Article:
The Union of Students in Ireland (USI) has welcomed a new report to address gender inequality in high education, by introducing gender quotas. USI said gender quotas will improve the third level education sector in terms of equal representation, diversity and rights. One of the outcomes of the report is funding being withheld from higher education institutions if they fail to address gender inequality in the coming years.

“The lack of women in senior positions in higher education institutions is not because they do not have the talent, ability or drive to fulfil these roles.” Kevin Donoghue, USI President, said. “It’s because multiple factors within third level institutions mean women face obstacles that men don’t. This report shows that talent, ability or drive is not enough to secure professional promotion or advancement. USI welcomes the recommendations of the report which recognise that productivity can’t be maximised without full development of the workforce, including gender balance.”

Based on the recommendations of the report, each higher education institution will introduce mandatory gender quotas for academic promotion or risk funding cuts. As far as possible, the final pool of candidates at the final interview stages in the appointment process for new presidents of higher education institutions will be comprised equally of women and men.  All candidates for presidential appointments at higher education institutions will also have demonstrable experience of leadership in advancing gender equality, and this will be included in the recruitment criteria.

The gender equality review, commissioned by the Higher Education Authority (HEA), began in September 2015, and the report published today includes objectives, recommendations, proposed timings and key performance indicators for all relevant stakeholders in the higher education sector.  It also contains an in-depth analysis of the gender balance of higher education staff across all grades of employment, as well as management teams, academic councils and governing boards.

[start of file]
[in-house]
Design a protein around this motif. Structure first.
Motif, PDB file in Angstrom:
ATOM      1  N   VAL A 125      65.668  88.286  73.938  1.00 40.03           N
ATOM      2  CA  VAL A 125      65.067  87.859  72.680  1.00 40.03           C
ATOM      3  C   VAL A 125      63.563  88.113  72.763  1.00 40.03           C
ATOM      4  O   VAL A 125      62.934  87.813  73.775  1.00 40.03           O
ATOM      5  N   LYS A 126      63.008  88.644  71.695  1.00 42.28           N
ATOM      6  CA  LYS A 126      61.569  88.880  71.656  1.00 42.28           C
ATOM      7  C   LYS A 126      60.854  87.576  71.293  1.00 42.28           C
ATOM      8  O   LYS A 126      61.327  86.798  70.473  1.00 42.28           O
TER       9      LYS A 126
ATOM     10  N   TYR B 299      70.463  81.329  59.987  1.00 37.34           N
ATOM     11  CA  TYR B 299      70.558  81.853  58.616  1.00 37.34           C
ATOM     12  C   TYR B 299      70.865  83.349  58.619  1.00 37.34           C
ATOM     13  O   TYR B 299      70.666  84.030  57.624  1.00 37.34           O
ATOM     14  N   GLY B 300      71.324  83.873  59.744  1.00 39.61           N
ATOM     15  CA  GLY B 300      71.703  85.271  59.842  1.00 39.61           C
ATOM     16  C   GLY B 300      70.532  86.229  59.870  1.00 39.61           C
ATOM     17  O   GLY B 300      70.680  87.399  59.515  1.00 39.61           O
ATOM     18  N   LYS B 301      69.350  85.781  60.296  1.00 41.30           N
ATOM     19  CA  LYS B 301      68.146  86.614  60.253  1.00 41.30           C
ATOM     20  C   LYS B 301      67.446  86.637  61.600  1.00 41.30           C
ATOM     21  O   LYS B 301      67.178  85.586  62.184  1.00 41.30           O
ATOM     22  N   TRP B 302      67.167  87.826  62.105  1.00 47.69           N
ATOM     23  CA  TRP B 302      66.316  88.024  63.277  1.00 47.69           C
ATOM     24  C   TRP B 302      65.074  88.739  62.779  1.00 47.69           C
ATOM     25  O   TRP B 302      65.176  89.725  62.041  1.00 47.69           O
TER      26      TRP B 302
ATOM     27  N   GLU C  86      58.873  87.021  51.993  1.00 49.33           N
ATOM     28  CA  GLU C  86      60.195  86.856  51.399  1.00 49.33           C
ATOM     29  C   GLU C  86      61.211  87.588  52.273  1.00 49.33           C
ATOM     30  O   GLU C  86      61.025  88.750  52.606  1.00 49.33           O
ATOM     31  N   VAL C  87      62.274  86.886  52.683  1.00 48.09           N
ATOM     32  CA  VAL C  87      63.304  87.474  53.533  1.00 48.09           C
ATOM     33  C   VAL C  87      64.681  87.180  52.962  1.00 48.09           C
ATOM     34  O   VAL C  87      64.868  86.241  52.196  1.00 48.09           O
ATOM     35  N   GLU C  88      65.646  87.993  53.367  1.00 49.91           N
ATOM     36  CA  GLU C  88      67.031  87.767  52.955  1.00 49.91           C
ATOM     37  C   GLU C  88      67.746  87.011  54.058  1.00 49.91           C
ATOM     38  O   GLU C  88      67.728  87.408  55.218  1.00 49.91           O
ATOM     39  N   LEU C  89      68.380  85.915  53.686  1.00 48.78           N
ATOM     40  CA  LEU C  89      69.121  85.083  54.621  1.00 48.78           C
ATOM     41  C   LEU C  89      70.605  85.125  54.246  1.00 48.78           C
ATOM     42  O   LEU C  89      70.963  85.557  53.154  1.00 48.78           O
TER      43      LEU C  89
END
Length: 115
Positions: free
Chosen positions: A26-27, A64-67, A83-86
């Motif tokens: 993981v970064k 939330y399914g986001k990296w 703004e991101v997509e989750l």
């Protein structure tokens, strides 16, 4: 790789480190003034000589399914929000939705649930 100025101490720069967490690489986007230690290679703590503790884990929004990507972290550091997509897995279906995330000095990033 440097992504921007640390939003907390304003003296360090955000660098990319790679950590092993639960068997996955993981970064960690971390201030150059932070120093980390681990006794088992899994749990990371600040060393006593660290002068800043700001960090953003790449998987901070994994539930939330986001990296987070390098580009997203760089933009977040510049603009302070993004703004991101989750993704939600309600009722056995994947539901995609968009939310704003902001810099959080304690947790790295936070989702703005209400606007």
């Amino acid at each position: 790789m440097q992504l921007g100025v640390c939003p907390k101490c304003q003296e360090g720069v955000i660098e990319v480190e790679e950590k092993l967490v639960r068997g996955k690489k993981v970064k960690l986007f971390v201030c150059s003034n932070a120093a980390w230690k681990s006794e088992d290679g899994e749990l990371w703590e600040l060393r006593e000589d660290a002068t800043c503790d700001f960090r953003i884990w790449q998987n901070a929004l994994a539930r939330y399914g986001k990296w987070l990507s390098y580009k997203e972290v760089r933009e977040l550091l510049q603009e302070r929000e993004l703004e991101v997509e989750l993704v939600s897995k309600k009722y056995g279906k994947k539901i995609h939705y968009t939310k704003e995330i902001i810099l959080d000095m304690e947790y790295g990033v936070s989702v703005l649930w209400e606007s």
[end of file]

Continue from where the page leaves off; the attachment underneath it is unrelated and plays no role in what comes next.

The report is available on the HEA’s website,


Key Statistics / Findings from the Review

Presidents of Higher Education Institutions:

  • Since the establishment of the first Irish university 424 years ago, there has never been a female president.
  • Currently, 4 of the 14 (29%) Institutes of Technology have a female President.  Of the 54 IoT Presidents to date, only 8 have been women (15%).
  • Only 1 out of 5 Presidents in the Colleges (St. Angela’s, St. Patrick’s, NCAD, Mater Dei, Mary Immaculate College) is female.


Gender Balance on Governing Authority / Body of Higher Education Institutions

  • As of September 2015, 5 out of 7 seven universities had 40% or more women on their governing authority / body.
  • Only 8 of the 14 Institutes of Technology had 40% or more women on their governing authority / body.
  • 4 of the 5 colleges had 40% or more women on their governing authority / body.


Executive Management Teams

  • In December 2015, only 2 of the 7 universities – and 2 of the 5 Colleges – had 40% or more women on their executive management team.
  • Only 3 out of 14 Institutes of Technology had 40% or more women on their executive management team.
  • Two Institutes of Technology had no women at all on their executive management team.

Career Progression

  • The gap between female and male representation increases at each stage of the academic career ladder.  In 2013-2015, 50% of the lecturer staff in Irish universities were women, but only 19% of professors were women.


Perceptions of Gender Inequality in Higher Education Institutions

  • 4,835 respondents completed the national online survey conducted for the purposes of the review.  89.7% of these (4,337) indicated that they were, or had been, affiliated to a higher education institutions.  The majority of respondents thought that there was gender inequality in Irish higher education (56%).  There was a difference between women and men in the perception of gender inequality in Irish higher education: 64% of women indicated gender inequality was present, compared to 38% of men.